Analysis: No rebound yet, but some U.S. companies see European bottom
By Ben Berkowitz
(Reuters) - The corner is far from turned in Europe, but for some U.S. companies there is a sense that they have reached - or can at least see - a bottom after years of weakness, a welcome change that could help boost profits in 2013.
The euro hit a fresh 14-month high on Friday after new data on European factory activity suggested the region was on track to start growing again this year, underlining the opportunity for well-placed U.S. businesses.
"The solid growth in Europe is encouraging in light of the economic headwinds that continued in the region," Kevin Farr, the chief financial officer of toymaker Mattel (MAT.O: Quote), said on a conference call on Friday.
It is not just toys, either. Software maker Citrix Systems Inc (CTXS.O: Quote) said last week that things had stabilized, partly as people grew accustomed to doing business in a rocky market.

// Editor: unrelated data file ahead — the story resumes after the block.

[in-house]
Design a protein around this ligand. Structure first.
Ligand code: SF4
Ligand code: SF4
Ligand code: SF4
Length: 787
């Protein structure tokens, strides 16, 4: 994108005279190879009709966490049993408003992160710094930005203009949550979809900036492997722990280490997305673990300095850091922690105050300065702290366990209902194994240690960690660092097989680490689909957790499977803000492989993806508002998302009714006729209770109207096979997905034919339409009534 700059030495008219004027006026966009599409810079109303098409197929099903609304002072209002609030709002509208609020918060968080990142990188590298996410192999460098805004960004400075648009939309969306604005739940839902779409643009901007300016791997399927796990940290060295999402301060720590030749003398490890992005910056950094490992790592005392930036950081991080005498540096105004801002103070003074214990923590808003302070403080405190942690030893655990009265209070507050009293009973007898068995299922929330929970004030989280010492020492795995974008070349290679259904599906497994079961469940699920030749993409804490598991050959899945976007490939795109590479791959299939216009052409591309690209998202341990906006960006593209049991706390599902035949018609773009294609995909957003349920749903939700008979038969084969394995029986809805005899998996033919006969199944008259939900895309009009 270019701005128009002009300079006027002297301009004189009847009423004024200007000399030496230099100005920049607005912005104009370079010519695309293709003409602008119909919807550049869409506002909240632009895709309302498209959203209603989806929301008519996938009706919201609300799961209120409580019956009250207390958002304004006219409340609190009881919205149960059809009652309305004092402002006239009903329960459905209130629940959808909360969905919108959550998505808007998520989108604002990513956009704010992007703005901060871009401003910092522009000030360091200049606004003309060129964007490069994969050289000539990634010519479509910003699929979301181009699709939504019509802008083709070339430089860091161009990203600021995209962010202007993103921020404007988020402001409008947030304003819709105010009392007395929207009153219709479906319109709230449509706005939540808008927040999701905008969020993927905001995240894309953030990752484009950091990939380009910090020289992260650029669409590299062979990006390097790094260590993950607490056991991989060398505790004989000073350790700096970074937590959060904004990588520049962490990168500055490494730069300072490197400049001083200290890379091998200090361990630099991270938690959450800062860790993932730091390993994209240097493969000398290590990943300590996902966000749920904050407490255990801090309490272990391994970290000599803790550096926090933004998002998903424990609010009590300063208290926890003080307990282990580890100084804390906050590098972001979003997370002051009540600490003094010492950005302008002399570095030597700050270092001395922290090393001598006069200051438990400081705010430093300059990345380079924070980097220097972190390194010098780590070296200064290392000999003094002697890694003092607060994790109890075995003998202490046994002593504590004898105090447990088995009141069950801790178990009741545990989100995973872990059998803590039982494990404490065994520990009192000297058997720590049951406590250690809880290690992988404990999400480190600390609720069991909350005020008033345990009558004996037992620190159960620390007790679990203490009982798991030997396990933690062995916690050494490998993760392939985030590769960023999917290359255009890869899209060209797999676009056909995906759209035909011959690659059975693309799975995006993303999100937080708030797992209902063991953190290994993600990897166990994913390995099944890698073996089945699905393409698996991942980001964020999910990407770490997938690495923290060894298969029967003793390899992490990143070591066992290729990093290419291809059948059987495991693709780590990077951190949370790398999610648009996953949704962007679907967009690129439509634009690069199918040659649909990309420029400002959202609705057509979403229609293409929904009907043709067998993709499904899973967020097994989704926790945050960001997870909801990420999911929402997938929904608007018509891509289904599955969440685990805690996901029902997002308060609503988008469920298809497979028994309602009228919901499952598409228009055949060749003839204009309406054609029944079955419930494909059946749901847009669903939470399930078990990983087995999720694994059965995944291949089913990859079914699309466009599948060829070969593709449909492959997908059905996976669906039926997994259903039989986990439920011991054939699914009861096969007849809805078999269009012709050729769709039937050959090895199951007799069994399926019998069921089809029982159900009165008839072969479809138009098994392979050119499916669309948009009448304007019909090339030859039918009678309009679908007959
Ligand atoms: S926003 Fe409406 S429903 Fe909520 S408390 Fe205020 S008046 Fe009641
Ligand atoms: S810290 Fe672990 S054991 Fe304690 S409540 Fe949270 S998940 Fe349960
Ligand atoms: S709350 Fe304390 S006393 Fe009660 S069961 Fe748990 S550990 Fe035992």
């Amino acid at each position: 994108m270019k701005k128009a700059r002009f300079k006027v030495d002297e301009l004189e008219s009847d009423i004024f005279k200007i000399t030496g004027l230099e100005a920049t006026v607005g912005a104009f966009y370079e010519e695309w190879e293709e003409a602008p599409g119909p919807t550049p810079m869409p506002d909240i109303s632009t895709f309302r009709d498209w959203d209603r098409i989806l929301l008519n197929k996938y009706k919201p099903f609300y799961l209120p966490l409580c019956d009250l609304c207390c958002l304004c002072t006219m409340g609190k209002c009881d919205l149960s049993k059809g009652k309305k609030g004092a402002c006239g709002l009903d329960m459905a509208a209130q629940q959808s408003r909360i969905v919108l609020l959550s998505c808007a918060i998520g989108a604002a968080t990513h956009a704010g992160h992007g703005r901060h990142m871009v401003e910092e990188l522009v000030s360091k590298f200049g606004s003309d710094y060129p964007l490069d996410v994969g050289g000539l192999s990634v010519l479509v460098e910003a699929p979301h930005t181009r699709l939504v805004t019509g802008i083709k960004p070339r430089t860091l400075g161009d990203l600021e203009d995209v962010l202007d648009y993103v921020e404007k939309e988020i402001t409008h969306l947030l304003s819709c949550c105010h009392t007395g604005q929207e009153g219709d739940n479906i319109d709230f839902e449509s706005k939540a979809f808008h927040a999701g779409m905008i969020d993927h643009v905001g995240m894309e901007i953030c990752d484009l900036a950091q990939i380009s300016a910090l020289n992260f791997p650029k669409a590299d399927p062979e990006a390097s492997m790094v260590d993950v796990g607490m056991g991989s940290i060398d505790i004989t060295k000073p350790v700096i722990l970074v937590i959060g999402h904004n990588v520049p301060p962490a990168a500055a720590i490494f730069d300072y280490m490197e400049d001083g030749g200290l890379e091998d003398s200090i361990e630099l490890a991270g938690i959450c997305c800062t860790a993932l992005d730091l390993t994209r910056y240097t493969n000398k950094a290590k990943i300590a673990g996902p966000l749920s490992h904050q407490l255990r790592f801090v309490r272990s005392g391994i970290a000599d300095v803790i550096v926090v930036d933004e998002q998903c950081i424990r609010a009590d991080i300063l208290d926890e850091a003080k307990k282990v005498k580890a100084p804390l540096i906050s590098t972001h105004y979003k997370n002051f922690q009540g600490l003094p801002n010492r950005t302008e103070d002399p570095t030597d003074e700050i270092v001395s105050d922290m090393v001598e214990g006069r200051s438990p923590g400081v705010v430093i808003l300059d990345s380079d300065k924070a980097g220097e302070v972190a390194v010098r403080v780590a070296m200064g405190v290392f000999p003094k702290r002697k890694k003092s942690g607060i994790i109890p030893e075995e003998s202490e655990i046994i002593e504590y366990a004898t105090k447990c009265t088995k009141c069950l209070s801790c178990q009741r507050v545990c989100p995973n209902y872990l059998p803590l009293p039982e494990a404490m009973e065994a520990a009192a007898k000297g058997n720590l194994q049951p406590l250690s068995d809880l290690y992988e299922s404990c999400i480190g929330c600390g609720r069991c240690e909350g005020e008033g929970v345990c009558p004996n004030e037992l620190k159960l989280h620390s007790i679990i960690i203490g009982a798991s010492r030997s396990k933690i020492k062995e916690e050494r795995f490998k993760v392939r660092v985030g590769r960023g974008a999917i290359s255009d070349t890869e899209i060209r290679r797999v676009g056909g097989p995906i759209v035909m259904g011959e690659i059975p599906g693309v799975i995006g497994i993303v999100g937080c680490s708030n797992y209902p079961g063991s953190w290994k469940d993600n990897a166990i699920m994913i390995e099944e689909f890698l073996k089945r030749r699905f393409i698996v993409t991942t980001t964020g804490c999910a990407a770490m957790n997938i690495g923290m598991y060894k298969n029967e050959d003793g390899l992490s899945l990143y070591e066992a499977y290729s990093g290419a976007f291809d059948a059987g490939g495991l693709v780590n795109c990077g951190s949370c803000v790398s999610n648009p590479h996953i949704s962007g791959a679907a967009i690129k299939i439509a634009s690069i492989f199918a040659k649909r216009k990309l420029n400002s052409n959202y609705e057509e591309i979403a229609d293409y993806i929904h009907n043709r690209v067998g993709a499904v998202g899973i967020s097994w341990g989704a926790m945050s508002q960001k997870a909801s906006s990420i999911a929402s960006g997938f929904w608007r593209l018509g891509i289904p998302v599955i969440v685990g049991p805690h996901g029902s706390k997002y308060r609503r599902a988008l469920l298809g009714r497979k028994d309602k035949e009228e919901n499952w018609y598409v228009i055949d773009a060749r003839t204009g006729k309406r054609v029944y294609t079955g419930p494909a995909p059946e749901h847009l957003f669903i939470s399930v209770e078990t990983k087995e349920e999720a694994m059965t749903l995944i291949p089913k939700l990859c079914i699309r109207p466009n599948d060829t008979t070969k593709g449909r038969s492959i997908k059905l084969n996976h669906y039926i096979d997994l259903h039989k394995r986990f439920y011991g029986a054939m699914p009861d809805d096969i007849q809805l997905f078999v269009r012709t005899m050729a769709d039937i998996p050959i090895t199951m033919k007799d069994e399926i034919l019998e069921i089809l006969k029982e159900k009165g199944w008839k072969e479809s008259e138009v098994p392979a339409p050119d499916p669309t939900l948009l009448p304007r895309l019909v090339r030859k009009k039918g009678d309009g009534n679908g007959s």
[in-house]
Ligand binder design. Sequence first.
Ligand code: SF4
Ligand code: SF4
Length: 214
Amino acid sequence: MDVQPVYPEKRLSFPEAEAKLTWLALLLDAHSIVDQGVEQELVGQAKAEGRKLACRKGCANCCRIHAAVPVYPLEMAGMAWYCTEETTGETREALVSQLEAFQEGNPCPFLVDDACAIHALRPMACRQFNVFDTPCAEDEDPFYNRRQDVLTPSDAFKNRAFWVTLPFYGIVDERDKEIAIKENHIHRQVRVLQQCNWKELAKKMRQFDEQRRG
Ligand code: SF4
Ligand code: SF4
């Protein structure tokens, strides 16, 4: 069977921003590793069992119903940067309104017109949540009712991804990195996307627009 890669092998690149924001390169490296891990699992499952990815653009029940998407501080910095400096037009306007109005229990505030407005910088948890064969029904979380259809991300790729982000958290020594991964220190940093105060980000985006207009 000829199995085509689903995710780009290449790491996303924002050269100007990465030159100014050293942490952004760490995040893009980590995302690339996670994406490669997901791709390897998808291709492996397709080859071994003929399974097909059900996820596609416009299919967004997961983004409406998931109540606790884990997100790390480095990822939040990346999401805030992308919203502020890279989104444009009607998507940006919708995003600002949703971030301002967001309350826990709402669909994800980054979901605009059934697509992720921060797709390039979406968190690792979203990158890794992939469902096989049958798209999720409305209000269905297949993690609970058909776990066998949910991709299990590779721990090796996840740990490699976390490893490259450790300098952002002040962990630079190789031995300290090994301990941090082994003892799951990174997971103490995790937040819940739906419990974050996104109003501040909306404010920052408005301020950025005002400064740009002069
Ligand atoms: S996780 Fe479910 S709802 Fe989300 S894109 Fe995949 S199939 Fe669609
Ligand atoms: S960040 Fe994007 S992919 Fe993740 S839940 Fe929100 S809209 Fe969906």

"People are becoming more adjusted to the expectations, how to work with customers, how to think about backlog and the timing of getting individual transactions closed," Citrix CFO David Henshall said.
Strategists say that after years of delayed spending, and in some cases fruitless waiting for an economic turnaround, companies are now happy just to have Europe in a state where it is not eroding the bottom line.
"We don't expect or even want any growth from you as long as you don't hurt us," said JJ Kinahan, chief derivatives strategist at TD Ameritrade, of the general corporate attitude toward the Continent.
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